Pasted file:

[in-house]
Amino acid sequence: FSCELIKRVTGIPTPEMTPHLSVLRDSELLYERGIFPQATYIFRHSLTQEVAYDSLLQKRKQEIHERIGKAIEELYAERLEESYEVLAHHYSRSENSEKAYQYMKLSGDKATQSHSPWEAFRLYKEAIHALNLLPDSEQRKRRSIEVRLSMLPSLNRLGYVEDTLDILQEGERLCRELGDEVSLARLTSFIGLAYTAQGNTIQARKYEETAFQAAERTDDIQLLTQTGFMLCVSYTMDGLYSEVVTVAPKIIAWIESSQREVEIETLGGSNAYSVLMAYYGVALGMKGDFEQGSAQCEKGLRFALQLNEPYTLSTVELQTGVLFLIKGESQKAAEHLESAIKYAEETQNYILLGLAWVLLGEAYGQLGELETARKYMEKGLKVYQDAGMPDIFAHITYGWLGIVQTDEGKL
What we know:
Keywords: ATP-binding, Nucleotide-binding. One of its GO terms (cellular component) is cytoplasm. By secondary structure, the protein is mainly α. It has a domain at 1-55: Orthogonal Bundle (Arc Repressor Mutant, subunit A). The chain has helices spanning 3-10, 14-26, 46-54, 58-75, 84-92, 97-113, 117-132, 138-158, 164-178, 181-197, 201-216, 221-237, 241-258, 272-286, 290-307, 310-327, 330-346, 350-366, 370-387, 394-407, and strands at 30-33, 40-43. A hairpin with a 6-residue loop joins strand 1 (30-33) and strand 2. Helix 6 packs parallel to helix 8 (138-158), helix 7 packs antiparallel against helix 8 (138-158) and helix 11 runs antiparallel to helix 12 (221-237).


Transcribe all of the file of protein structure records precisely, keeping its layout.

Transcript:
[in-house]
Amino acid sequence: FSCELIKRVTGIPTPEMTPHLSVLRDSELLYERGIFPQATYIFRHSLTQEVAYDSLLQKRKQEIHERIGKAIEELYAERLEESYEVLAHHYSRSENSEKAYQYMKLSGDKATQSHSPWEAFRLYKEAIHALNLLPDSEQRKRRSIEVRLSMLPSLNRLGYVEDTLDILQEGERLCRELGDEVSLARLTSFIGLAYTAQGNTIQARKYEETAFQAAERTDDIQLLTQTGFMLCVSYTMDGLYSEVVTVAPKIIAWIESSQREVEIETLGGSNAYSVLMAYYGVALGMKGDFEQGSAQCEKGLRFALQLNEPYTLSTVELQTGVLFLIKGESQKAAEHLESAIKYAEETQNYILLGLAWVLLGEAYGQLGELETARKYMEKGLKVYQDAGMPDIFAHITYGWLGIVQTDEGKL
What we know:
Keywords: ATP-binding, Nucleotide-binding. One of its GO terms (cellular component) is cytoplasm. By secondary structure, the protein is mainly α. It has a domain at 1-55: Orthogonal Bundle (Arc Repressor Mutant, subunit A). The chain has helices spanning 3-10, 14-26, 46-54, 58-75, 84-92, 97-113, 117-132, 138-158, 164-178, 181-197, 201-216, 221-237, 241-258, 272-286, 290-307, 310-327, 330-346, 350-366, 370-387, 394-407, and strands at 30-33, 40-43. A hairpin with a 6-residue loop joins strand 1 (30-33) and strand 2. Helix 6 packs parallel to helix 8 (138-158), helix 7 packs antiparallel against helix 8 (138-158) and helix 11 runs antiparallel to helix 12 (221-237).